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COVID-19 Testing Q & A With Noble County Health Commissioner Shawn Ray

Submitted by: Shawn Ray, MPH, RS

Health Commissioner

Noble County Health Department


COVID-19 tests are now becoming more available at hospitals, clinics, commercial, and public health laboratories. They detect different aspects of the disease. There are two main types of COVID-19 tests. One type of test tells you if you have the virus now while the other tells if you had it in the past. While testing guidelines and technology are regularly developing, here’s what you need to know about COVID-19 tests.


PCR tests

Q: What are they?

A: These tests detect if someone is actively infected with the coronavirus.


Q: How do they work? Are they reliable?

A: They typically involve a swab sample from the nose or throat and detection of genetic material from the coronavirus. The test requires the presence of the virus, which means it is most accurate after the infection level has increased. These tests are generally very reliable. But it’s possible that a test result may come back “negative” due to problems with swab sampling. Perhaps the sample didn’t get enough material, or it was taken when the viral load had not reached detectable levels.


Q: Who should get one?

A: People actively showing symptoms of COVID-19, such as coughing, fever or shortness of breath should contact their medical providers to see if they should get tested.


Q: Where can I get one?

A: Tests are provided in a variety of locations, including hospitals, clinics and doctor’s offices. Individuals should contact their primary care provider for testing protocols and availability. The Ohio Department of Health has a section on the website, Testing and Community Health Centers, to help find sites near you.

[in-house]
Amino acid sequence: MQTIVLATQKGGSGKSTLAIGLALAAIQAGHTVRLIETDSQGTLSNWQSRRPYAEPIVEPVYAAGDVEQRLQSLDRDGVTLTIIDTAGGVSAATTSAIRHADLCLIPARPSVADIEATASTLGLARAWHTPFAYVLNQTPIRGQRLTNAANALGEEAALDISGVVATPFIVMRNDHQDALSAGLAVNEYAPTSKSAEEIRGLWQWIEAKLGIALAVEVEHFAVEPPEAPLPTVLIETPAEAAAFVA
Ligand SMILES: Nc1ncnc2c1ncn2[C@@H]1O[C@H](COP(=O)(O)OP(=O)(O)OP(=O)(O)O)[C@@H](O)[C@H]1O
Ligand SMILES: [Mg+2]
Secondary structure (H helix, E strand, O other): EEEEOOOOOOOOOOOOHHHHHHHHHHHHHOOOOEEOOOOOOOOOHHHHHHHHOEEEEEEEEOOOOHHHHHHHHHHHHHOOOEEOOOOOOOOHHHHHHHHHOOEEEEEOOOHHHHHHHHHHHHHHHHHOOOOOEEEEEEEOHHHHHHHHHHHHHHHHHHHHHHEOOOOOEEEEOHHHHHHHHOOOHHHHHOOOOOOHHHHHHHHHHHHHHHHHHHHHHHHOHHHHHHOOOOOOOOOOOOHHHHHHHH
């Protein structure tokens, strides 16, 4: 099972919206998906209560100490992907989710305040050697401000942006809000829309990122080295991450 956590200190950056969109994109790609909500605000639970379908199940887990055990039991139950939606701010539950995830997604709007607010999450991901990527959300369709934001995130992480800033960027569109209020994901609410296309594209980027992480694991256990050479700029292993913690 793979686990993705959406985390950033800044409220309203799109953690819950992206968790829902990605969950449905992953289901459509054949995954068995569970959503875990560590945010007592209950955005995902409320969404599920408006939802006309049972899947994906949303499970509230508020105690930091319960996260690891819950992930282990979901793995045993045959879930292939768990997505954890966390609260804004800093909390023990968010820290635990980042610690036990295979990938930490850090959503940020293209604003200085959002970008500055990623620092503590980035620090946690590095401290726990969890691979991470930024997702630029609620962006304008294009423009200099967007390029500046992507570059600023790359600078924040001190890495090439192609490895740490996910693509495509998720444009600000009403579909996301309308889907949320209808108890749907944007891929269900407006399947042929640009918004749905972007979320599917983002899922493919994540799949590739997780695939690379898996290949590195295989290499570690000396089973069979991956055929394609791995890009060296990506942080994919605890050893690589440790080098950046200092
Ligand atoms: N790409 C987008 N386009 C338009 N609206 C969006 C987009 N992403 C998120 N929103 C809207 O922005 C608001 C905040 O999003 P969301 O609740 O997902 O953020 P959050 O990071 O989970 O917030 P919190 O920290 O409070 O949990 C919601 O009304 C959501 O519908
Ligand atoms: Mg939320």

Antibody tests

Q: What are they?

A: These tests detect if someone was previously infected with the coronavirus.


Q: How do they work? How reliable are they?

A: They require a blood sample to detect antibodies to the coronavirus. Because it takes time for the immune system to generate antibodies, these tests are most accurate weeks after infection. The performance of commercial antibody tests varies greatly. Some of these tests do not differentiate between coronaviruses that have been here for some time and the COVID-19 virus causing today’s pandemic. It is not known yet if having antibodies to the virus can protect someone from getting infected with the virus again, or how long that protection might last.


Q: Who should get one?

A: This test is primarily for public health surveillance and research to understand the coronavirus spread. While a positive result indicates that antibodies were produced in response to a past infection, researchers are still learning whether these antibodies provide future immunity — and if so, for how long.


Again, if you feel that you are possibly ill, showing the symptoms, contact your primary care provider now to determine if your provider should order testing for you.



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